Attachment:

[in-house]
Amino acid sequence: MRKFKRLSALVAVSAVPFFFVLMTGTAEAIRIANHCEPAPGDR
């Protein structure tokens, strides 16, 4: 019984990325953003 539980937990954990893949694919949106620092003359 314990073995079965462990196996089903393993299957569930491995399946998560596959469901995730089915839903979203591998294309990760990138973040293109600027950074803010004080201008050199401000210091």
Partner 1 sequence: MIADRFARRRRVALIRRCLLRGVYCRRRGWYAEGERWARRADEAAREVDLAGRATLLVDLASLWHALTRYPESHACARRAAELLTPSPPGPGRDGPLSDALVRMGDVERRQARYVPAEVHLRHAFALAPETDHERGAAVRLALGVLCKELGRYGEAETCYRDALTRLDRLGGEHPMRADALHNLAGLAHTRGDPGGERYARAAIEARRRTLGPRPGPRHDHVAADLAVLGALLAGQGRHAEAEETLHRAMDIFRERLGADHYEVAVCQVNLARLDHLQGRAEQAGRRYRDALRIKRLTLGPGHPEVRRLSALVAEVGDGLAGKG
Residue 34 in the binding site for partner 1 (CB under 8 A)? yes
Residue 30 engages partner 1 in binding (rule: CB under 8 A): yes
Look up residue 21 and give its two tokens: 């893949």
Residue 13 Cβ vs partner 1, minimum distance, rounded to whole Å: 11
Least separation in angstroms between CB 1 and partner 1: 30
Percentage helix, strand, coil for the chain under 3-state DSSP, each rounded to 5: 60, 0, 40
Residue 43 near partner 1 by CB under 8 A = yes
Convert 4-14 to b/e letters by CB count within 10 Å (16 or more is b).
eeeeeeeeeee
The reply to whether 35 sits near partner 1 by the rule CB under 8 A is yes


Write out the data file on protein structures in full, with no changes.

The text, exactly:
[in-house]
Amino acid sequence: MRKFKRLSALVAVSAVPFFFVLMTGTAEAIRIANHCEPAPGDR
């Protein structure tokens, strides 16, 4: 019984990325953003 539980937990954990893949694919949106620092003359 314990073995079965462990196996089903393993299957569930491995399946998560596959469901995730089915839903979203591998294309990760990138973040293109600027950074803010004080201008050199401000210091």
Partner 1 sequence: MIADRFARRRRVALIRRCLLRGVYCRRRGWYAEGERWARRADEAAREVDLAGRATLLVDLASLWHALTRYPESHACARRAAELLTPSPPGPGRDGPLSDALVRMGDVERRQARYVPAEVHLRHAFALAPETDHERGAAVRLALGVLCKELGRYGEAETCYRDALTRLDRLGGEHPMRADALHNLAGLAHTRGDPGGERYARAAIEARRRTLGPRPGPRHDHVAADLAVLGALLAGQGRHAEAEETLHRAMDIFRERLGADHYEVAVCQVNLARLDHLQGRAEQAGRRYRDALRIKRLTLGPGHPEVRRLSALVAEVGDGLAGKG
Residue 34 in the binding site for partner 1 (CB under 8 A)? yes
Residue 30 engages partner 1 in binding (rule: CB under 8 A): yes
Look up residue 21 and give its two tokens: 């893949």
Residue 13 Cβ vs partner 1, minimum distance, rounded to whole Å: 11
Least separation in angstroms between CB 1 and partner 1: 30
Percentage helix, strand, coil for the chain under 3-state DSSP, each rounded to 5: 60, 0, 40
Residue 43 near partner 1 by CB under 8 A = yes
Convert 4-14 to b/e letters by CB count within 10 Å (16 or more is b).
eeeeeeeeeee
The reply to whether 35 sits near partner 1 by the rule CB under 8 A is yes